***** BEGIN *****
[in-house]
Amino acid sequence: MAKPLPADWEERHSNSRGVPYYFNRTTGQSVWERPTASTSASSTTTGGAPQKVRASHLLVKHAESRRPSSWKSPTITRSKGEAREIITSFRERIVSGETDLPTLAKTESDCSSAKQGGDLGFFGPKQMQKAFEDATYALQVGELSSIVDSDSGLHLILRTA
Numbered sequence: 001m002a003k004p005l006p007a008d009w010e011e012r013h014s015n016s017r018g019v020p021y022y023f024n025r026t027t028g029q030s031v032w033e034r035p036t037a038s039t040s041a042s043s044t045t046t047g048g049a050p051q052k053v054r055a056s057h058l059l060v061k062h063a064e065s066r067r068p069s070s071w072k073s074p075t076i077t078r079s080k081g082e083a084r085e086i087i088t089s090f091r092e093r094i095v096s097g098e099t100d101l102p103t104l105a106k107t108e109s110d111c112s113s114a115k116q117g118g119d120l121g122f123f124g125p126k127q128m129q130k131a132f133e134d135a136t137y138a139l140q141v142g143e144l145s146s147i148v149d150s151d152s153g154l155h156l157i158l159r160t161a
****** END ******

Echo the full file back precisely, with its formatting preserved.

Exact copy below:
[in-house]
Amino acid sequence: MAKPLPADWEERHSNSRGVPYYFNRTTGQSVWERPTASTSASSTTTGGAPQKVRASHLLVKHAESRRPSSWKSPTITRSKGEAREIITSFRERIVSGETDLPTLAKTESDCSSAKQGGDLGFFGPKQMQKAFEDATYALQVGELSSIVDSDSGLHLILRTA
Numbered sequence: 001m002a003k004p005l006p007a008d009w010e011e012r013h014s015n016s017r018g019v020p021y022y023f024n025r026t027t028g029q030s031v032w033e034r035p036t037a038s039t040s041a042s043s044t045t046t047g048g049a050p051q052k053v054r055a056s057h058l059l060v061k062h063a064e065s066r067r068p069s070s071w072k073s074p075t076i077t078r079s080k081g082e083a084r085e086i087i088t089s090f091r092e093r094i095v096s097g098e099t100d101l102p103t104l105a106k107t108e109s110d111c112s113s114a115k116q117g118g119d120l121g122f123f124g125p126k127q128m129q130k131a132f133e134d135a136t137y138a139l140q141v142g143e144l145s146s147i148v149d150s151d152s153g154l155h156l157i158l159r160t161a